Texting in Healthcare

In December of 2017, several hospitals received a letter from The Centers for Medicare & Medicaid Services (or CMS) stating that texting in a clinical setting is not approved, even on “encrypted” or “secured” texting platforms. A number of hospitals quickly updated their policies and called for an immediate cease of texting. But many in the healthcare industry responded quite negatively to this adjustment.

After all, an increasing number of healthcare facilities are using texting to communicate patient information. Though they would be considered as not keeping up with security protocols, more than 50% of hospital-based clinicians use standard text messaging for patient-related communication. (According to a survey done by the Journal of Hospital Medicine)

Secure texting has been used to replace pagers in healthcare, as a means to connect healthcare providers, patients, and other industry members. The CMS acknowledged this, and reconsidered expanding medical communication to include texting.

Restricting texts for hospitals becomes a major hindrance to workflow. One attorney stated that prohibiting texting completely would be like “going back to the dark ages”. The CMS had previously viewed texting as an exposure of patient data just waiting to happen. But they did then recognize texting as having become essential.

So as it stands, messages sent between clinicians using a secure platform are allowed. But texting patient orders is still prohibited. The stances of the CMS and the Joint Commission are therefore now aligned. They acknowledge texting as commonplace in medical facilities, but they take a firm stand regarding patient orders.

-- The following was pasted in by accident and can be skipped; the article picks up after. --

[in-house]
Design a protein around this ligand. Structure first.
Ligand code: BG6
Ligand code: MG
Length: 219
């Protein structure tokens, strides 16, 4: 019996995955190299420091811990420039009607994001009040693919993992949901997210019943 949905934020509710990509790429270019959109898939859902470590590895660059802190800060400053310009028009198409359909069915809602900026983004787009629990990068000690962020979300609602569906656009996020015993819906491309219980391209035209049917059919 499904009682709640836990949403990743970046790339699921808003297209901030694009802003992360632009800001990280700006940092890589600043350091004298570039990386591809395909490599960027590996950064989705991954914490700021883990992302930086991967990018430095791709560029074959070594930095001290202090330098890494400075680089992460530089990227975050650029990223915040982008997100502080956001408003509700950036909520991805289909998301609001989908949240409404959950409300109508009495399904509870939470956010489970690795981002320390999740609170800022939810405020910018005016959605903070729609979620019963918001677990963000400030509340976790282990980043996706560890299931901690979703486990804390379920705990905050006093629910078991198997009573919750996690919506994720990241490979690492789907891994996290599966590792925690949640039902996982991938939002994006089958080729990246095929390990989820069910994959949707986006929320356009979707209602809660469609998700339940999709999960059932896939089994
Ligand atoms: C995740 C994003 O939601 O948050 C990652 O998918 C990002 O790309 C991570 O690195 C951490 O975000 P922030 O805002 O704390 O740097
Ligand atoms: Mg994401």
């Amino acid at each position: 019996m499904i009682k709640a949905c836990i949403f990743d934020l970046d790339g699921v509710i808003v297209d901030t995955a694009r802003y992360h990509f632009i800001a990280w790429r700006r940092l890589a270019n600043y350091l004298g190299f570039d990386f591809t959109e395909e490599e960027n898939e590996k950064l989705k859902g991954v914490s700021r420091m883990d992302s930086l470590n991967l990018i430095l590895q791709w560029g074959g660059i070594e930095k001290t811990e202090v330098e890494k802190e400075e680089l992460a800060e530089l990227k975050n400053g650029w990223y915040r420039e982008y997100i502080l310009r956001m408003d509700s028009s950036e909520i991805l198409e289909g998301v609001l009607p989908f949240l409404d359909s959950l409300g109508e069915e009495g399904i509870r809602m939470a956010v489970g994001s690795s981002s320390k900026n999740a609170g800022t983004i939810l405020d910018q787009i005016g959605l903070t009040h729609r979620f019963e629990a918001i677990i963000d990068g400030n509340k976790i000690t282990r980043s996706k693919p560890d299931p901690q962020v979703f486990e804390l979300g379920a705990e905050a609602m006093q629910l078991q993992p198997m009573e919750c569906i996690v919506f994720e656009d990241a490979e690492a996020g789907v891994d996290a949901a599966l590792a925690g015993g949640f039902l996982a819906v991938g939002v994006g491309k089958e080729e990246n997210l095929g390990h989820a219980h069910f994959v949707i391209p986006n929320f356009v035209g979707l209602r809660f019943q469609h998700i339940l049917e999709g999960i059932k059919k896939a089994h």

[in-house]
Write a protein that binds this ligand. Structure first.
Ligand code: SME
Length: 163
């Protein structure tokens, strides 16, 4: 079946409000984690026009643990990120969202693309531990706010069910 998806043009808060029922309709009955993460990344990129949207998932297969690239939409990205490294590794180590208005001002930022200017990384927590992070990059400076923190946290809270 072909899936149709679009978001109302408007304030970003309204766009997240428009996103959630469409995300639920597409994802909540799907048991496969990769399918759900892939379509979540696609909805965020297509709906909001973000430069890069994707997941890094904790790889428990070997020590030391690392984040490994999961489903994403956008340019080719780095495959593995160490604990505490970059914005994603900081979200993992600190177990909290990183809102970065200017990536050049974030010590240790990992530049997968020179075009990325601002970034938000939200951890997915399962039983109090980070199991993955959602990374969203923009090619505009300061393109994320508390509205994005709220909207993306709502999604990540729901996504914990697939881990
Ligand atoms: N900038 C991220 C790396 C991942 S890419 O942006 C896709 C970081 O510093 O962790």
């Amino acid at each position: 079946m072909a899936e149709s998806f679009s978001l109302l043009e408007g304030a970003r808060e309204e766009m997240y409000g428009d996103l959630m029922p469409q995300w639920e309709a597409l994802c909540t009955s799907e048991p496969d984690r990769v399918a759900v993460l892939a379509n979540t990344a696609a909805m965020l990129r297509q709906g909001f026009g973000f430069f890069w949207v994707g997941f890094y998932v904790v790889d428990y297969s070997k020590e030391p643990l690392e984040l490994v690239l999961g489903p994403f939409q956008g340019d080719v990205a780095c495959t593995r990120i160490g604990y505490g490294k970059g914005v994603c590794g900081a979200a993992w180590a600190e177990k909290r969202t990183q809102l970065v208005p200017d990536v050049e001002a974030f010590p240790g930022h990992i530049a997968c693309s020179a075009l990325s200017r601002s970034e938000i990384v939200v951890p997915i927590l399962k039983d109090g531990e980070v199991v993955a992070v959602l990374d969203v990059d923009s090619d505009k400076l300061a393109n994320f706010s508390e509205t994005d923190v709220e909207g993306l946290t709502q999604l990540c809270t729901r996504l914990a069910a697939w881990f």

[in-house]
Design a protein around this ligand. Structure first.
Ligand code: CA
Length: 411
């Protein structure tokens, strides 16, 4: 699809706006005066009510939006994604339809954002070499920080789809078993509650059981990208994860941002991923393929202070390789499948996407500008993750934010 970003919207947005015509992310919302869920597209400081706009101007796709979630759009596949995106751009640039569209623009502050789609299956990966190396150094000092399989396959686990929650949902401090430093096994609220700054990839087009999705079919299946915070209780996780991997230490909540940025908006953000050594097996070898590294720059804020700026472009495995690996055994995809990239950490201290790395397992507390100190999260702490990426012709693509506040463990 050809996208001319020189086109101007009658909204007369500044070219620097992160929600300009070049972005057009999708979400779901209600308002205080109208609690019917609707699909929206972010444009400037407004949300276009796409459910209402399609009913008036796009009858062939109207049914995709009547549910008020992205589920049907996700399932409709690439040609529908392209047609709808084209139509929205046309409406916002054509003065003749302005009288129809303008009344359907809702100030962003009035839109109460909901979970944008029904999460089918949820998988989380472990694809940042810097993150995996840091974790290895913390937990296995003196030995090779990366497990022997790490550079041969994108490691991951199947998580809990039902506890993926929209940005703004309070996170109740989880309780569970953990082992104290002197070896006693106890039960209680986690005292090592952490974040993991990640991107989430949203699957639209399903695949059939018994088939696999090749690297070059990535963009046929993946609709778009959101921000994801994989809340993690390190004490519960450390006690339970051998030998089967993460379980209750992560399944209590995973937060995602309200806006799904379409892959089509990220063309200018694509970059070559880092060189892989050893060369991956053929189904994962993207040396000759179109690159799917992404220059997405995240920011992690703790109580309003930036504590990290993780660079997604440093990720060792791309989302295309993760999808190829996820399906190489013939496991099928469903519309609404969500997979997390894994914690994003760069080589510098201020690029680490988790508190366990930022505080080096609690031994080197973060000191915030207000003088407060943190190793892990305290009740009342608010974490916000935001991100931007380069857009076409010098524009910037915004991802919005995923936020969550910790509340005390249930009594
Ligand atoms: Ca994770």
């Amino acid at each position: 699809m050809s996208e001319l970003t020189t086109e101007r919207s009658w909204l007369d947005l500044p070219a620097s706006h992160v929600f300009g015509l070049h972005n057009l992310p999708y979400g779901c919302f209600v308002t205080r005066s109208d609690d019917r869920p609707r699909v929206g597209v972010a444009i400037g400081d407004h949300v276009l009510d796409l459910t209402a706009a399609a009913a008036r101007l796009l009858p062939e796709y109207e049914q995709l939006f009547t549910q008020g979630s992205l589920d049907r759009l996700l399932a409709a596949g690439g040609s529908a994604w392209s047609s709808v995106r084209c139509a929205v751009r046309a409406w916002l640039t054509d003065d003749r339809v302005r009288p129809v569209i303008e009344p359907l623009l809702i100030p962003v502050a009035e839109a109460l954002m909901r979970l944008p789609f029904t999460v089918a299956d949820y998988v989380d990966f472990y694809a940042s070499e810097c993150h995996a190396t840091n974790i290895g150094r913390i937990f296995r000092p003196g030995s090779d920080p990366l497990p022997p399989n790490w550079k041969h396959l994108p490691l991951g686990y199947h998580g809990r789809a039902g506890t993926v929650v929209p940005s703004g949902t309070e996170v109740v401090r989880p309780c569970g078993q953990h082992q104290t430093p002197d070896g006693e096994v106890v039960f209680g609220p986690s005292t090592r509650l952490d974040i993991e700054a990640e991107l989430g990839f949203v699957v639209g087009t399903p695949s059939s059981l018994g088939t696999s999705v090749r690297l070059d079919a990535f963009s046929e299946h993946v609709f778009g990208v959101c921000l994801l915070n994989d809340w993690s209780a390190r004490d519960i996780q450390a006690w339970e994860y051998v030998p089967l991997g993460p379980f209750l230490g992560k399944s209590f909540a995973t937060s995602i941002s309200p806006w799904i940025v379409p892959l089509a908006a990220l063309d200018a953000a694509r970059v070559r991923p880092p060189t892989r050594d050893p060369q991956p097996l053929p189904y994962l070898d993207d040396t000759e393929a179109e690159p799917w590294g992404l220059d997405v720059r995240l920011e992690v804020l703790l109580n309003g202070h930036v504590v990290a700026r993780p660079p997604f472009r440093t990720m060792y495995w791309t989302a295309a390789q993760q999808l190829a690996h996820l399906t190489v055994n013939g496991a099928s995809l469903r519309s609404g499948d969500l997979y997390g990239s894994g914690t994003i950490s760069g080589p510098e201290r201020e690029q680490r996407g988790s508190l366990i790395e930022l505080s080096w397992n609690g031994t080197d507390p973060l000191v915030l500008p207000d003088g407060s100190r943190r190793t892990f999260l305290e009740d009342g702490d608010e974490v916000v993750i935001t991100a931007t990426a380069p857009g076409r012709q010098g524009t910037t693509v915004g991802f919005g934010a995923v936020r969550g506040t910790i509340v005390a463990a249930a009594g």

But there are some new elevated standards these organizations will have to meet if they want to keep up with protocol. For example, they’re expected to routinely assess the security and integrity of the texting platforms being used. Text messages also need to be entered into patient records for later reference. When available, computerized provider order entry (or CPOE) remains the preferred method of communication.

Healthcare providers are expected to do everything in their power to minimize availability, confidentiality, and integrity of PHI. There’s comfort in knowing that protecting PHI is taken very seriously. Texting in healthcare is considered a rather complicated and controversial topic, so there are still concerns that need to be addressed before it can be considered a fully accepted mode of communication.

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Texting in Your Healthcare Facility: Part 1

CMS Texting Guidelines Bring Clarity to Healthcare Security: Part 2

A Full Risk Assessment is Needed in Healthcare: Part 3